Ben More via A'Chioch Walk

Ben More via A'Chioch

Known as the most remote of all Scotland's Munro mountains. Ben More and the Isle Of Mull are well worth the effort. The walk is not one for those who are bothered by heights or exposure. A walk for those who enjoy the adrenaline rush of scrambling up fine ridges with all-round breathtaking views. The walk starts at sea level by the shores of Loch Na Keal and ascends steadily up the valley of Gleann na Beinne Fada to the col between Beinn Fhada and A' Choich. The ridge scrambling then starts with the ascent of A' Choich and then drops down to the col of Ben More's north eastern ridge before ascending its rocky ridge crest to the huge 966M high summit. A gentle and slow ascent is then taken back down Ben More's easier north western side to the road at the shores of Loch Na Keal. Ben More's remote island location provides the most incredible all round panoramic views. This route up it is by far the most exciting. The Isle Of Mull is one of Britain's most beautiful and wildlife abundant places.

Route Directions

  1. The start of the walk is on the B8035 road at the shores of Loch Na Keal. On the map a car park symbol can be seen near the holiday cottage of Dhiseig, there isn't an actual car park here but small sections of leveled grass on the side of the road. Loch Na Keal is a great place for wildlife with sea birds including large Grey Herons and small animals like Otters and Stoats playing and hunting on the shoreline all day and night. The small island in the middle of the loch is known as Eorsa, this tiny unpopulated island is the fictional setting of Nigel Tranter's 1952 novel The Bridal Path, which was made into a motion picture 1959.
  2. From the starting point walk along the road in an easterly direction for just under a mile until you reach the small bridge that crosses the outflow of the Abhainn na h-Uamha. Turn right onto the grassy bank and follow the faint path that follows the Abhainn na h-Uamha up into the valley above. After ascending the grassy hill just under another mile you will reach the waterfalls from the platform of which you have a panoramic view over Loch Na Keal to the small island of Ulva. Ulva is a populated and accessible island with a resident population of just over a dozen. Its impressive geology, wildlife and untouched wild landscape make it an intruiging destination for those exploring Mull. It has a few famous past residents including Lachan Macquarrie, the founder of modern Australia and chief of the Clan Macquarrie.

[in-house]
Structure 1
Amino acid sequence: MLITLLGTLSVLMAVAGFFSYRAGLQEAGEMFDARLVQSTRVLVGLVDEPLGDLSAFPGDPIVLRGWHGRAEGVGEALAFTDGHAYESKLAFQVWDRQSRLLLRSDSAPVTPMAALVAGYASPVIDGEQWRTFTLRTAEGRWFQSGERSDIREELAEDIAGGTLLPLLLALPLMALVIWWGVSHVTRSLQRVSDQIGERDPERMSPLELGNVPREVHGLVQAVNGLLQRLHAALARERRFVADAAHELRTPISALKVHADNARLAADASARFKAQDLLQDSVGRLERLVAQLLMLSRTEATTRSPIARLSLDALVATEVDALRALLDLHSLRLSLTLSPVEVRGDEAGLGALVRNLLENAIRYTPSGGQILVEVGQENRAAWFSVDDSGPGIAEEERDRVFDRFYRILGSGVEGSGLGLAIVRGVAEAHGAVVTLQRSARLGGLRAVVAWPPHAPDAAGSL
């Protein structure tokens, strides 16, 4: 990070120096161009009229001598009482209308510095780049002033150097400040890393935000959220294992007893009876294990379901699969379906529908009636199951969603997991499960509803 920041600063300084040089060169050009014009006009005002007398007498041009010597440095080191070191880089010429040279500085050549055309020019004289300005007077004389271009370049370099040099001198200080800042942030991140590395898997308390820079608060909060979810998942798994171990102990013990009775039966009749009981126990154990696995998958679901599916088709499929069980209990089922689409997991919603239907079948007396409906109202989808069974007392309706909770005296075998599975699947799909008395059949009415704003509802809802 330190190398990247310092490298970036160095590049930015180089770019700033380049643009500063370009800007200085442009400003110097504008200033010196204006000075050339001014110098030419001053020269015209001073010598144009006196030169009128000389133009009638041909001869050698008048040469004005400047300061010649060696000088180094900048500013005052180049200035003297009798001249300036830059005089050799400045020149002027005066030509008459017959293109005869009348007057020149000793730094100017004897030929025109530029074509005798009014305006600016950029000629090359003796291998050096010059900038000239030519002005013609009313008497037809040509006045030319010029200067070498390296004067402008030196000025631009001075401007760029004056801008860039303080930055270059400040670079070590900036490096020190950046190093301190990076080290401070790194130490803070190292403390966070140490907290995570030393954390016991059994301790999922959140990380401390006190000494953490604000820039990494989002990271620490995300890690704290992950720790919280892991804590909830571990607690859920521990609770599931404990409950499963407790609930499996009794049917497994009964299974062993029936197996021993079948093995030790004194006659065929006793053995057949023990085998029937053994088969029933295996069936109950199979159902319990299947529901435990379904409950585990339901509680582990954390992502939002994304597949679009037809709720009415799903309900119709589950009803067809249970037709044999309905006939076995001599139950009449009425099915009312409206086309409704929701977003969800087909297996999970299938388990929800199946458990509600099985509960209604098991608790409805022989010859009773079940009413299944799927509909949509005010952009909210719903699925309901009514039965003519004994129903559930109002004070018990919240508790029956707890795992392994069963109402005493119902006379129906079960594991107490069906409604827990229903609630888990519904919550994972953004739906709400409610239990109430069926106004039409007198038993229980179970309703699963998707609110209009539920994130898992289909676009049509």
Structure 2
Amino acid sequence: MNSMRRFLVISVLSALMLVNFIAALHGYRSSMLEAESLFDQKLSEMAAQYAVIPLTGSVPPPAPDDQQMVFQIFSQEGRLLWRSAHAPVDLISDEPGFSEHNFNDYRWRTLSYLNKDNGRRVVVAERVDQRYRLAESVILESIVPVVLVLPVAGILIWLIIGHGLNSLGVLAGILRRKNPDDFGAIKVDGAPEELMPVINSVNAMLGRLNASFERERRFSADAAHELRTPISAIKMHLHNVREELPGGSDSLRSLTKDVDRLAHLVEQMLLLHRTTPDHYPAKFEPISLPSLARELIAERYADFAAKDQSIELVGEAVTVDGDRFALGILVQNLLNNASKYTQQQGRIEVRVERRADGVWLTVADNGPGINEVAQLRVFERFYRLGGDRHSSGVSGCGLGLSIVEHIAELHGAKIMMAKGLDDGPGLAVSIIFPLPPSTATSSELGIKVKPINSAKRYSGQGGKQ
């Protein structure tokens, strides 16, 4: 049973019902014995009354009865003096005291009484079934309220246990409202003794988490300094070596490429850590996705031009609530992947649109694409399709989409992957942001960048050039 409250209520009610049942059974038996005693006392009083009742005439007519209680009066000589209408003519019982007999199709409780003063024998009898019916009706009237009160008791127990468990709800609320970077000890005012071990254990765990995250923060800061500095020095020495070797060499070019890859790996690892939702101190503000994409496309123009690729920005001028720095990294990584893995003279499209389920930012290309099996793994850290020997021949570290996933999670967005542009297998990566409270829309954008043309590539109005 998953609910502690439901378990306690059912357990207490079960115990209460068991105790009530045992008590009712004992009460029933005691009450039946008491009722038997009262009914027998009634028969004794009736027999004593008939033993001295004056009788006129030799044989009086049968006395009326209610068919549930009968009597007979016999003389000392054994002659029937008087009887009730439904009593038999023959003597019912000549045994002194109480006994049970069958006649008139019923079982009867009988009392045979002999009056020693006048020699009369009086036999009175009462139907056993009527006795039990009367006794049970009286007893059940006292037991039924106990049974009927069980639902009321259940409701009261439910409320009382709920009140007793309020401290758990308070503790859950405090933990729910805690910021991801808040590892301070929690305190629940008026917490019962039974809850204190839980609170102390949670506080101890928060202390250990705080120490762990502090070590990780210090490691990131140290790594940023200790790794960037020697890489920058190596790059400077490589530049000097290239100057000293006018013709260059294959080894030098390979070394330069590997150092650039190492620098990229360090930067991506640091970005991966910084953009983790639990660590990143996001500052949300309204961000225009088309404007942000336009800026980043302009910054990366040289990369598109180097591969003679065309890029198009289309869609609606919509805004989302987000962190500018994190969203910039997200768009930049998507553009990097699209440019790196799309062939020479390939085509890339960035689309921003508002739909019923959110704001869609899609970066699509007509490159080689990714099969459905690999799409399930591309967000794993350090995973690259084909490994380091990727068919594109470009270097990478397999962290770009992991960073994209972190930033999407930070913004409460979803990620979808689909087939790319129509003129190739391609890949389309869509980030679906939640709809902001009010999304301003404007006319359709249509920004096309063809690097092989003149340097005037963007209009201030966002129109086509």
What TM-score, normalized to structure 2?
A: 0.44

3. Continue along the path from the waterfall that heads south east along the floor of the Gleann na Beinne Fada. Follow the line of the Abhainn na h-Uamha for a mile or so and then head up towards the obvious col between Beinn Fhada on the left and A' Chioch on the right. Once at the col you will see in front of you the drop to the remote valley of Glen Clachaig and the mountains of Cruachan Dearg and Corra Bheinn behind. Turn right and you will see the profile of the exciting route ahead, up the A' Chioch north ridge. The way ahead is now an exciting but serious scramble up the narrow ridge with no alternative side paths, it seems to narrow the higher you get and eventually tops out on a small summit which acts as a viewing platform for the huge bulk of the more impressive neighbour, Ben More.
  4. Follow the clear path down the easier south side of A' Chioch to the rocky and narrow col between A'Chioch and Ben More. The obstacle of Ben More's north east ridge seems to be very similar to A' Choich but is slightly easier due to an alternative yet also often unclear path that hugs its left side, I would advise this be used in bad weather. After scrambling up the rocky spine of Ben More you will soon reach the boulder strewn summit.
  5. The summit has a circular boulder shelter of sorts but no trig point which is no sad loss to be honest. Your experience of this lofty summit will of course be dependant on the weather conditions, but if like me your first time at this lofty summit is fortunately in near perfect conditions then the views sea bound and highland bound are quite simply awe-inspiring! The 360 panorama takes in the North Atlantic Ocean and includes Ben Nevis to the north east, the Skye Cullins to the north and the Paps Of Jura to the south.